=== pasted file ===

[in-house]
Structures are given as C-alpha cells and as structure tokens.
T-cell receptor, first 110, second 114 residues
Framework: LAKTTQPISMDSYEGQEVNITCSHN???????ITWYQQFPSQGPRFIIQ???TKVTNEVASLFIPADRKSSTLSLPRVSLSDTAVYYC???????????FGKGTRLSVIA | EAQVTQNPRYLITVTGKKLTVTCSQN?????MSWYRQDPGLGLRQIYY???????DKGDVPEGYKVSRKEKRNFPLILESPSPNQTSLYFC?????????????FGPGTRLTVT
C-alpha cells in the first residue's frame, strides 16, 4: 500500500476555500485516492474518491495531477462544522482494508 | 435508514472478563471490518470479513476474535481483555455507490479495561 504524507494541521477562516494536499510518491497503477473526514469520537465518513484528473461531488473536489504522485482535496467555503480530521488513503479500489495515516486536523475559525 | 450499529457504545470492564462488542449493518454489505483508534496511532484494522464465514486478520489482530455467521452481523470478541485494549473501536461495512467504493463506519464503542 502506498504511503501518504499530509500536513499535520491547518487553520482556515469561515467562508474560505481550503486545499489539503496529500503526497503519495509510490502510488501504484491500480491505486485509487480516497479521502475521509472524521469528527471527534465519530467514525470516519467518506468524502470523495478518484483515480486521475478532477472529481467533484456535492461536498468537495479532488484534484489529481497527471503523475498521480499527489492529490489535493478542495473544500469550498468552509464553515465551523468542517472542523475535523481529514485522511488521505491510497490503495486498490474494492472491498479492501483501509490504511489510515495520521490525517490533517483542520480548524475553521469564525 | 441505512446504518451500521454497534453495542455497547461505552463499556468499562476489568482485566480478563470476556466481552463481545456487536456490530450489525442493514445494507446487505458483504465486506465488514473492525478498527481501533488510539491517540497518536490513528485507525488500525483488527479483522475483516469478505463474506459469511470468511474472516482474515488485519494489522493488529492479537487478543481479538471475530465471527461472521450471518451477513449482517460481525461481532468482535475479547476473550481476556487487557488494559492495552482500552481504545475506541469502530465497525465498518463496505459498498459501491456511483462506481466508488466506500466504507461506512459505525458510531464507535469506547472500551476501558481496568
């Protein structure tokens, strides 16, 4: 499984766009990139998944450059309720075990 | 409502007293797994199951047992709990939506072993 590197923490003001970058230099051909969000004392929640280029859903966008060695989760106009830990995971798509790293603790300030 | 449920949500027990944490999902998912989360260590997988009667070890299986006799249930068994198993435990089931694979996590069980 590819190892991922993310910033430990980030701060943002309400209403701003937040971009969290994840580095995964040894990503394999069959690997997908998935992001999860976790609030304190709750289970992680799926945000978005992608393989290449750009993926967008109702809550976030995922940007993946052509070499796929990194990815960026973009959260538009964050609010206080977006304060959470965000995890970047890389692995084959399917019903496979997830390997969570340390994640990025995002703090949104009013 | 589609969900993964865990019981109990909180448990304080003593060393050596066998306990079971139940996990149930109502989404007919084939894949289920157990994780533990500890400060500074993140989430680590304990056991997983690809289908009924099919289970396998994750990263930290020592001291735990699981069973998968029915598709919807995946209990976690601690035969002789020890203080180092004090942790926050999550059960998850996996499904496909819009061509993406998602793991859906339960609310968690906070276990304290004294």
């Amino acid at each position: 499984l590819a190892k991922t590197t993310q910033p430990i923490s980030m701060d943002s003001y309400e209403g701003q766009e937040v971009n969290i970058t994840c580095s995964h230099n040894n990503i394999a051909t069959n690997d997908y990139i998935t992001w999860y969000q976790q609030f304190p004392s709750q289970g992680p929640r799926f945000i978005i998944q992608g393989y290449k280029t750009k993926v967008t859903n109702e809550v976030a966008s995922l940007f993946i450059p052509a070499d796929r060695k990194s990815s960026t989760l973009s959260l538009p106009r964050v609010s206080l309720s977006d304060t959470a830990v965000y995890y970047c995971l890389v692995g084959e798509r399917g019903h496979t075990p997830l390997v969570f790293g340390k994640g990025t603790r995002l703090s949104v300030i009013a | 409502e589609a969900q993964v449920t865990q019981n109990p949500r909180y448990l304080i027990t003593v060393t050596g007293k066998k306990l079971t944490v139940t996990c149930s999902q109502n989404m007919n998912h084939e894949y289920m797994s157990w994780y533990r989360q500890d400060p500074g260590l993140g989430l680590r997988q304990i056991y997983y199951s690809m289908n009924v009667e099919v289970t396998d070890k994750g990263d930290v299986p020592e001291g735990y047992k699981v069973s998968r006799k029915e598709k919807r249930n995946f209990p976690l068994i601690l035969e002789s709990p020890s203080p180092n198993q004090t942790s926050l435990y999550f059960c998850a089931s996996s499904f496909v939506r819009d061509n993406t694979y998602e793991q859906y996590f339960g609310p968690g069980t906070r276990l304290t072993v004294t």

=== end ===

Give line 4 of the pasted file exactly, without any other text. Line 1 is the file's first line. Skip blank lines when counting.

Framework: LAKTTQPISMDSYEGQEVNITCSHN???????ITWYQQFPSQGPRFIIQ???TKVTNEVASLFIPADRKSSTLSLPRVSLSDTAVYYC???????????FGKGTRLSVIA | EAQVTQNPRYLITVTGKKLTVTCSQN?????MSWYRQDPGLGLRQIYY???????DKGDVPEGYKVSRKEKRNFPLILESPSPNQTSLYFC?????????????FGPGTRLTVT